Debt Relief: Private Creditors to Assist Africa
By Adedapo Adesanya
Private creditors have established the Africa Private Creditor Working Group (AfricaPCWG) to assist African countries and other debt providers to contain the economic impact of COVID-19 across the continent.
African governments are fighting to manage the fallout from the coronavirus, which the World Health Organisation has warned could infect between 29 million and 44 million on the continent in the first year if not contained.
African countries face a combined $44 billion debt-servicing bill this year alone.
AfricaPCWG is an initiative to represent the views of international private creditors invested in Africa and to work with countries on their financing needs during the COVID-19 crisis.
As part of its duty, AfricaPCWG will provide African Governments, the United Nations Economic Commission for Africa (UNECA), the G20, the International Monetary Fund (IMF) and other Multilateral Development Banks (MDBs) a forum through which all stakeholders can engage transparently and constructively with different categories of private international investors in African sovereign and corporate debt to coordinate the resolution of broad issues arising due to the COVID-19 crisis.
AfricaPCWG will coordinate the views of over 25 asset managers and financial institutions representing total assets under management in excess of $9 trillion, it said in a statement on Friday.
“The AfricaPCWG understands that private sector creditors have an essential role in assisting some of the world’s poorest countries to contain the economic impact of COVID-19, and stands ready to buttress efforts being made by the multilateral and bilateral sectors by offering its collective institutional experience to provide guidance and support on a case-by-case basis.
“Participants in the AfricaPCWG forum have already established a number of core principles of engagement. Upmost amongst these is the belief that a one-size-fits-all solution will be counter-productive for the nations and people of Africa.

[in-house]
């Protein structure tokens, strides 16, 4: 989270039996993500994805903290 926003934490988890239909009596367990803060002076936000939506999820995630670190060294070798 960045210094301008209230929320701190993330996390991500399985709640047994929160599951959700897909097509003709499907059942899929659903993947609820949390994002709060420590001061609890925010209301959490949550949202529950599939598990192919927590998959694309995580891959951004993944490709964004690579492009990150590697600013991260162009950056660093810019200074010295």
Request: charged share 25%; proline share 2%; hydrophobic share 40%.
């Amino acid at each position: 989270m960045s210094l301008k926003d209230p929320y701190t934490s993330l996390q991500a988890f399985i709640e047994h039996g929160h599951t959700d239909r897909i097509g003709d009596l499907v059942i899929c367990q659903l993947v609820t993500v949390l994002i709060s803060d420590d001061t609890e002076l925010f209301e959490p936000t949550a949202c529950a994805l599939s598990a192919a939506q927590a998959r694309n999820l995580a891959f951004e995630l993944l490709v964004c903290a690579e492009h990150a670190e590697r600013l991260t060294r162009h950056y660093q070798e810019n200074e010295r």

“Such an approach risks needlessly cutting many countries off from international commercial debt markets and is likely to lead to an overall increase in the cost of capital for all emerging market sovereign and corporate debt issuers for years to come.
“Each African country has its own very particular fiscal and social dynamics, with some governments having developed hard fought, low cost access to debt markets, and these distinct profiles must be acknowledged as part of any successful approach to debt management.
“Future generations of Africans will need to access private capital to invest in hospitals, roads, education, healthcare systems and other infrastructure critical for economic and societal development. A rushed, blanket approach developed during a time of crisis will put that crucial long-term access to capital at risk.” It said.
As participants in the AfricaPCWG, Lars Bane of Farallon Capital Europe LLP, Kevin Daly of Aberdeen Asset Management PLC, Alex Garrard of Amia Capital LLP, Mike Hugman of Ninety One UK Limited, Hans Humes of Greylock Capital Management, LLC, and Nicolas Sagna of Pharo Management, Inc. noted the following:
“Global cooperation is vital at this time of COVID-19 crisis, which is why international private creditors invested in the continent have established the Africa Private Creditor Working Group.
“We stand ready to provide support to all countries across the continent on a case-by-case basis, ensuring that the conditions for continued access to private capital remain in place, which is so vital for the development of societies and economies in the years ahead.”